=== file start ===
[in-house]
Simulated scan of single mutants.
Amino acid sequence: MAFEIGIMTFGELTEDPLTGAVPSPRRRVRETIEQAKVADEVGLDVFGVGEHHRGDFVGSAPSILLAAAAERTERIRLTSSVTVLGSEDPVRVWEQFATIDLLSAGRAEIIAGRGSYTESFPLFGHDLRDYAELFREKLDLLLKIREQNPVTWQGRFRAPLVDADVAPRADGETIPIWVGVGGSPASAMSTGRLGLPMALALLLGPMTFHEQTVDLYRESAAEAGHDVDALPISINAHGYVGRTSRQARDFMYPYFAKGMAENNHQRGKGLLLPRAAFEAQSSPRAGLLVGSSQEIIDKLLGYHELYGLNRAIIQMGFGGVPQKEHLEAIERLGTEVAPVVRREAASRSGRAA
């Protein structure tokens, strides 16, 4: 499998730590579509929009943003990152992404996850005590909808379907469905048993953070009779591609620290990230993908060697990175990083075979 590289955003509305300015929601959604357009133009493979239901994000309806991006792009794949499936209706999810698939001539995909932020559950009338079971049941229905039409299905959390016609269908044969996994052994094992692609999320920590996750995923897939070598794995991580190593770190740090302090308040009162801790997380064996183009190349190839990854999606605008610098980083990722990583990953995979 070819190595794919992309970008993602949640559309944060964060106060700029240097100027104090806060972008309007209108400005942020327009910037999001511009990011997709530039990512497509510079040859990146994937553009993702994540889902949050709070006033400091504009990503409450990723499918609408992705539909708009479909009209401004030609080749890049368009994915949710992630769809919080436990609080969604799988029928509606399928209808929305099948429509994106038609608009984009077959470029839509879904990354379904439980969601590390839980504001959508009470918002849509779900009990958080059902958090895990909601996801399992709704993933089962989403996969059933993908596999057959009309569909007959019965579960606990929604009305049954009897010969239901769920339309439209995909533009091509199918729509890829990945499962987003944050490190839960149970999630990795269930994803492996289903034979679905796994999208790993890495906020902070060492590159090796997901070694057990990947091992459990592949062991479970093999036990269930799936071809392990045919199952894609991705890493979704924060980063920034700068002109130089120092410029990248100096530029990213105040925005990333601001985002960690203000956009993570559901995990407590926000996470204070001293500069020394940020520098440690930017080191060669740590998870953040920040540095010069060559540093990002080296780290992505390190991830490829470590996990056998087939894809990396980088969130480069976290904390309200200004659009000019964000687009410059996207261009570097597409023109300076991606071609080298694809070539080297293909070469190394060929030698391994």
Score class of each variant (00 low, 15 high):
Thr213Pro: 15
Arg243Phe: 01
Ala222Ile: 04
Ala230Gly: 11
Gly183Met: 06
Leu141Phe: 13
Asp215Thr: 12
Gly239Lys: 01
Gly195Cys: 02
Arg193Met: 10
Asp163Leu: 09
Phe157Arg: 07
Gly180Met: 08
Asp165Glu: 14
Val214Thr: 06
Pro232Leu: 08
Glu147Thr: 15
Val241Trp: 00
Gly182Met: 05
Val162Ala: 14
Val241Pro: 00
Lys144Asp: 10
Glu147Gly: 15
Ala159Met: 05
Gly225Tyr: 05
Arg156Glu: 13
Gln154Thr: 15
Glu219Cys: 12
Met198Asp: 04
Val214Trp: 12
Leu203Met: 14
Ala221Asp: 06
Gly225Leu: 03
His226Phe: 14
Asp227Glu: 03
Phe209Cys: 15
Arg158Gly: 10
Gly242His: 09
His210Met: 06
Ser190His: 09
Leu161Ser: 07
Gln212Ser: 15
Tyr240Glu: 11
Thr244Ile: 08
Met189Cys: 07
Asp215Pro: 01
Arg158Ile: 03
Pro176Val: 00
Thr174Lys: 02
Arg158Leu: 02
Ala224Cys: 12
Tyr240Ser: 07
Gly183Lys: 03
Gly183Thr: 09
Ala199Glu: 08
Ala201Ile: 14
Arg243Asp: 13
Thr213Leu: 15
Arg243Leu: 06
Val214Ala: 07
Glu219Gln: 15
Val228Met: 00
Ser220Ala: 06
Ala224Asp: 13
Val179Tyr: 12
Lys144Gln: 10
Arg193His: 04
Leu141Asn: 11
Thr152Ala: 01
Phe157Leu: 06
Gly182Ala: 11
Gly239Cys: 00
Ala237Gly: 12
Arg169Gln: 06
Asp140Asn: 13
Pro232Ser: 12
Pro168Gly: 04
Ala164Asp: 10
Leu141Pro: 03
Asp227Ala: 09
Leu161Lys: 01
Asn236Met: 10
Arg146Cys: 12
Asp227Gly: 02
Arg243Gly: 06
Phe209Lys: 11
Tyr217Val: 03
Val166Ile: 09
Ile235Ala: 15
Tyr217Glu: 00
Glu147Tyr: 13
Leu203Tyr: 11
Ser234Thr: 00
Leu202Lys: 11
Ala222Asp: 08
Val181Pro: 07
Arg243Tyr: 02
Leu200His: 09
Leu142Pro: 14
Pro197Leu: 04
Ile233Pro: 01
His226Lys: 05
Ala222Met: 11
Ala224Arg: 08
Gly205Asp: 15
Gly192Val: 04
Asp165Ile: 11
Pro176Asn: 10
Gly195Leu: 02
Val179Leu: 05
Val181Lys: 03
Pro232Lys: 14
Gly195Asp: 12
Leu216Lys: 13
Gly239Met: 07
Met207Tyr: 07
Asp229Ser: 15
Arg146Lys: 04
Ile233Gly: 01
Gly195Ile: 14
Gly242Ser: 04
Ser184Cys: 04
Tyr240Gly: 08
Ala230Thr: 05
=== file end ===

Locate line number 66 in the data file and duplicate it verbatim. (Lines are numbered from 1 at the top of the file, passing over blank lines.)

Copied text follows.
Glu219Gln: 15